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What Stocks, Sectors on Mutual Funds’ Radar?

Author: Kumar Shankar Roy/Wednesday, June 24, 2020/Categories: Exclusive

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What Stocks, Sectors on Mutual Funds’ Radar?

MFs, an important investor segment in the domestic market, are also selling select stocks and becoming negative about a few sectors; Explore how debt funds are placed in terms of investments

Mutual funds (MFs) have become an important player in domestic markets, as equity investment culture in India becomes more ‘Atmanirbhar’. It serves investors well if they can interpret and analyse MF activity. In this article, we will take a look at equity MFs are playing with the Indian stock market. Despite a three per cent gain in the stock market in May, net monthly inflows into equity mutual funds fell for the second month in a row. Cash levels are now at a nine-month high after remaining stable for few months. In comparison, FPI (Foreign Portfolio Investor) outflows continued for the third month but at a slower pace. Which stocks and sectors are mutual funds buying? What is on their selling list? Also, at the very end, we also take a look at how debt funds have shaped up in terms of investments. Read to know more.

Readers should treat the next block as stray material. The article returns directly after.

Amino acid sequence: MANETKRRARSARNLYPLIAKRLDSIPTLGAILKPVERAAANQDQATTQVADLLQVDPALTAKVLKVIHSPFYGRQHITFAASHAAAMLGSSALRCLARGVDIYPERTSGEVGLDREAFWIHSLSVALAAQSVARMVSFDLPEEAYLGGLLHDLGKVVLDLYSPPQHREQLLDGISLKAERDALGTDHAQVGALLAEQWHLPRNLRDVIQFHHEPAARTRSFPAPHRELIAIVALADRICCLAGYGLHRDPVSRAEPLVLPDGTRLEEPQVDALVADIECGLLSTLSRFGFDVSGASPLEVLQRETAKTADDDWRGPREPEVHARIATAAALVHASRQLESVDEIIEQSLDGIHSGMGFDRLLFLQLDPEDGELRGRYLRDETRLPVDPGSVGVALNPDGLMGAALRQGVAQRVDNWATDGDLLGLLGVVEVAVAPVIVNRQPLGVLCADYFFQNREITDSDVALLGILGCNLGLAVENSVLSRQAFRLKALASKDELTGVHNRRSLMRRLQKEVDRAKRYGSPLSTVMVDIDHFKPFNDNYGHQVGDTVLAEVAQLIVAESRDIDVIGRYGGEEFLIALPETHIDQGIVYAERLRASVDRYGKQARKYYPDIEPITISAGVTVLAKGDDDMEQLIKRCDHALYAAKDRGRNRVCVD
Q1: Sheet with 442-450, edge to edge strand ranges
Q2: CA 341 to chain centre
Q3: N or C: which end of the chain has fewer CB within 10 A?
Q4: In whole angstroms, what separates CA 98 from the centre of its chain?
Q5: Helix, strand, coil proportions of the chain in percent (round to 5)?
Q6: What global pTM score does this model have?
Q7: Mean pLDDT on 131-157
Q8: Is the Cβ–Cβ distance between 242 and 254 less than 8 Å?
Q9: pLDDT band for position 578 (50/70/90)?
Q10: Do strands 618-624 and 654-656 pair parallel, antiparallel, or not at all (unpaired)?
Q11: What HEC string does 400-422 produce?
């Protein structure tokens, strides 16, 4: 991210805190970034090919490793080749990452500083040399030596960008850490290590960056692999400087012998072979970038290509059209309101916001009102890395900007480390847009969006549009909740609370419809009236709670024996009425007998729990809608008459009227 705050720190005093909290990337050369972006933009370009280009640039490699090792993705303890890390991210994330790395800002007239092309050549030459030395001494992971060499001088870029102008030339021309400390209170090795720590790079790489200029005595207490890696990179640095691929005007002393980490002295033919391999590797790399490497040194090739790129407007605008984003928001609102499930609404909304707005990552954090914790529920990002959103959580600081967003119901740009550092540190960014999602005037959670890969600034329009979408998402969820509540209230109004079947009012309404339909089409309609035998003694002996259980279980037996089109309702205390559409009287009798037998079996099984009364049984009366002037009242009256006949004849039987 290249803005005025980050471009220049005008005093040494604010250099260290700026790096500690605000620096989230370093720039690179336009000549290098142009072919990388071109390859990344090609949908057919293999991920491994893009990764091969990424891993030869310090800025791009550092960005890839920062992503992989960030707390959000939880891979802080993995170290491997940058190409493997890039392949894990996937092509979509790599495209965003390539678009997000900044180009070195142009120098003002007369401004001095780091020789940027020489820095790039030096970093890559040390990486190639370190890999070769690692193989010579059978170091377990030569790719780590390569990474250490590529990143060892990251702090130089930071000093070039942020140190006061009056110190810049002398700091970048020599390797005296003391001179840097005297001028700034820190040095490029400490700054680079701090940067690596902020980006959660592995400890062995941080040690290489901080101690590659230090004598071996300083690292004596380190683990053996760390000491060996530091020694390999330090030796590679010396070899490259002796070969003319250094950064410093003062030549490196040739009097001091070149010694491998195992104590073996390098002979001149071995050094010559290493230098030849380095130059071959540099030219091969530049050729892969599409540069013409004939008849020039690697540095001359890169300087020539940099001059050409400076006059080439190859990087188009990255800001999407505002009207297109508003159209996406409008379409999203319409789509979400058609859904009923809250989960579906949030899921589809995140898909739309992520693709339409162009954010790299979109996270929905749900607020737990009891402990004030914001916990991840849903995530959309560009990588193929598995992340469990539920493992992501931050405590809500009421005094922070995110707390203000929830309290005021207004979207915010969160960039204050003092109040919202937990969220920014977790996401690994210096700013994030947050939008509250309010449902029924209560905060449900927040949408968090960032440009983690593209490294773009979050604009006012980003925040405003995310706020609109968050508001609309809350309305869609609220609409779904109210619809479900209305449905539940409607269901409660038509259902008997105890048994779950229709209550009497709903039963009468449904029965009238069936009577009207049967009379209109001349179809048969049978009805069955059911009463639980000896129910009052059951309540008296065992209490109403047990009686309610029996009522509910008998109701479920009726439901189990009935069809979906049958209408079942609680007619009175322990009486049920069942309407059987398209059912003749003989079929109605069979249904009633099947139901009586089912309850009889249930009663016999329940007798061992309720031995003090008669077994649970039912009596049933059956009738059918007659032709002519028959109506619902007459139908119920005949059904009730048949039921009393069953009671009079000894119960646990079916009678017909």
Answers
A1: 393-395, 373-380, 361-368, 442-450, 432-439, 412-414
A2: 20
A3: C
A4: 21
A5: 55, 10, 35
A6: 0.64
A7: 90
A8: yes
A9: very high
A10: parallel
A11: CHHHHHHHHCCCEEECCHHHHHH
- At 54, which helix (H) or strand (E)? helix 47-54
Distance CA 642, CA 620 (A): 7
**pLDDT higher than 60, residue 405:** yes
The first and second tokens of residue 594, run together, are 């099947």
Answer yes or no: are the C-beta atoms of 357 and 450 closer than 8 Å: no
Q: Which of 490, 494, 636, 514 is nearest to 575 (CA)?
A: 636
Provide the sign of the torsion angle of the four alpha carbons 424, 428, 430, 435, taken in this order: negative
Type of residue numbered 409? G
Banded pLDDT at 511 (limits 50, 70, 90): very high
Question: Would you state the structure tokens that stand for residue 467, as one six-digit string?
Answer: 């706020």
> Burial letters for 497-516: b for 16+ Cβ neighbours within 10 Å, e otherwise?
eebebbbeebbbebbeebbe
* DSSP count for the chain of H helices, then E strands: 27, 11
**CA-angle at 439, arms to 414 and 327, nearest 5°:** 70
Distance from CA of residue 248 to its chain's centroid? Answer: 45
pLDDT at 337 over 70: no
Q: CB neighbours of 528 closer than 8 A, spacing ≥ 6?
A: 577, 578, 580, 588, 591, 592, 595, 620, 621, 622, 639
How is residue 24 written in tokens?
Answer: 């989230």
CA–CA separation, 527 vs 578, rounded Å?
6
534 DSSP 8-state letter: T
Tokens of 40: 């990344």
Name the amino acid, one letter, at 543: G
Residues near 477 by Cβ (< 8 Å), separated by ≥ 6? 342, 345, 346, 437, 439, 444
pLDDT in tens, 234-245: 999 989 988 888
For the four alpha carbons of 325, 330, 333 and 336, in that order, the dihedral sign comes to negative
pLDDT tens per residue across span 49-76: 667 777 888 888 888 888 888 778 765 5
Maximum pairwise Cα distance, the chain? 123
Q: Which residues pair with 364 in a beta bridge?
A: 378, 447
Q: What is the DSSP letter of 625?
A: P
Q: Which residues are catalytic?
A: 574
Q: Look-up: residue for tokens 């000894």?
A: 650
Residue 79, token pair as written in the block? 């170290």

MF size, assets managed